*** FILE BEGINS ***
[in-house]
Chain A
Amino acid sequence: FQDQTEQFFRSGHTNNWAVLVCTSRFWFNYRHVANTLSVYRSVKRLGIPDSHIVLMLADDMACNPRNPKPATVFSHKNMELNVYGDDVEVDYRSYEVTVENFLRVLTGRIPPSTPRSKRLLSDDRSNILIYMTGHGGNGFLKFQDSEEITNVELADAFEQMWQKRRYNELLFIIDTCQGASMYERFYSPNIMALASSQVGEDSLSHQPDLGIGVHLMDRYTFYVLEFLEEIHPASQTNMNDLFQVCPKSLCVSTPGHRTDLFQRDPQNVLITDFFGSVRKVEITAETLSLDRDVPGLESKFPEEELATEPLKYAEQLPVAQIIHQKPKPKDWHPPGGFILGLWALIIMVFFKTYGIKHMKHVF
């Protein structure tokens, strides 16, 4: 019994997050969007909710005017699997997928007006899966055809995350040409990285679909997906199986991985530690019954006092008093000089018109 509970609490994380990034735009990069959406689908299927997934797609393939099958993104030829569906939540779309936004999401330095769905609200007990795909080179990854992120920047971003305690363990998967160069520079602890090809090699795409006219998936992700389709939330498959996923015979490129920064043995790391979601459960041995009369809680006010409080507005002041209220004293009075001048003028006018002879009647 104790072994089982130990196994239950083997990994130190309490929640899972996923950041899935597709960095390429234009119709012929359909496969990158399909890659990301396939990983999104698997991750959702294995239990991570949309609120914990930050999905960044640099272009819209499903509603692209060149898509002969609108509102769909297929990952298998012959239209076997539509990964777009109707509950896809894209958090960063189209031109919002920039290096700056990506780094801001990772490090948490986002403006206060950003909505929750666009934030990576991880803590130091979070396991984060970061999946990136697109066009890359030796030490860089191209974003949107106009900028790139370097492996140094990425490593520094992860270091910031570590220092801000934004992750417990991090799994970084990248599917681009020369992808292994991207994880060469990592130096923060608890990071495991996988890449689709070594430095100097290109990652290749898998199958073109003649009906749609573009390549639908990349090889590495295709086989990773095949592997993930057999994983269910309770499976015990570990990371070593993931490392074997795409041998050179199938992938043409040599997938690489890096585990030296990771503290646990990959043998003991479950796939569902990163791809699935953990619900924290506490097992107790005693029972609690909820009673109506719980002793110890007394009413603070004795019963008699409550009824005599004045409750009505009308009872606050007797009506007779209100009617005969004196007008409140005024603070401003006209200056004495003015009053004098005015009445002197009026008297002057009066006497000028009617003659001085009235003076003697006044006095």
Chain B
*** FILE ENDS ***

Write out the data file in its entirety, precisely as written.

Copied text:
[in-house]
Chain A
Amino acid sequence: FQDQTEQFFRSGHTNNWAVLVCTSRFWFNYRHVANTLSVYRSVKRLGIPDSHIVLMLADDMACNPRNPKPATVFSHKNMELNVYGDDVEVDYRSYEVTVENFLRVLTGRIPPSTPRSKRLLSDDRSNILIYMTGHGGNGFLKFQDSEEITNVELADAFEQMWQKRRYNELLFIIDTCQGASMYERFYSPNIMALASSQVGEDSLSHQPDLGIGVHLMDRYTFYVLEFLEEIHPASQTNMNDLFQVCPKSLCVSTPGHRTDLFQRDPQNVLITDFFGSVRKVEITAETLSLDRDVPGLESKFPEEELATEPLKYAEQLPVAQIIHQKPKPKDWHPPGGFILGLWALIIMVFFKTYGIKHMKHVF
């Protein structure tokens, strides 16, 4: 019994997050969007909710005017699997997928007006899966055809995350040409990285679909997906199986991985530690019954006092008093000089018109 509970609490994380990034735009990069959406689908299927997934797609393939099958993104030829569906939540779309936004999401330095769905609200007990795909080179990854992120920047971003305690363990998967160069520079602890090809090699795409006219998936992700389709939330498959996923015979490129920064043995790391979601459960041995009369809680006010409080507005002041209220004293009075001048003028006018002879009647 104790072994089982130990196994239950083997990994130190309490929640899972996923950041899935597709960095390429234009119709012929359909496969990158399909890659990301396939990983999104698997991750959702294995239990991570949309609120914990930050999905960044640099272009819209499903509603692209060149898509002969609108509102769909297929990952298998012959239209076997539509990964777009109707509950896809894209958090960063189209031109919002920039290096700056990506780094801001990772490090948490986002403006206060950003909505929750666009934030990576991880803590130091979070396991984060970061999946990136697109066009890359030796030490860089191209974003949107106009900028790139370097492996140094990425490593520094992860270091910031570590220092801000934004992750417990991090799994970084990248599917681009020369992808292994991207994880060469990592130096923060608890990071495991996988890449689709070594430095100097290109990652290749898998199958073109003649009906749609573009390549639908990349090889590495295709086989990773095949592997993930057999994983269910309770499976015990570990990371070593993931490392074997795409041998050179199938992938043409040599997938690489890096585990030296990771503290646990990959043998003991479950796939569902990163791809699935953990619900924290506490097992107790005693029972609690909820009673109506719980002793110890007394009413603070004795019963008699409550009824005599004045409750009505009308009872606050007797009506007779209100009617005969004196007008409140005024603070401003006209200056004495003015009053004098005015009445002197009026008297002057009066006497000028009617003659001085009235003076003697006044006095």
Chain B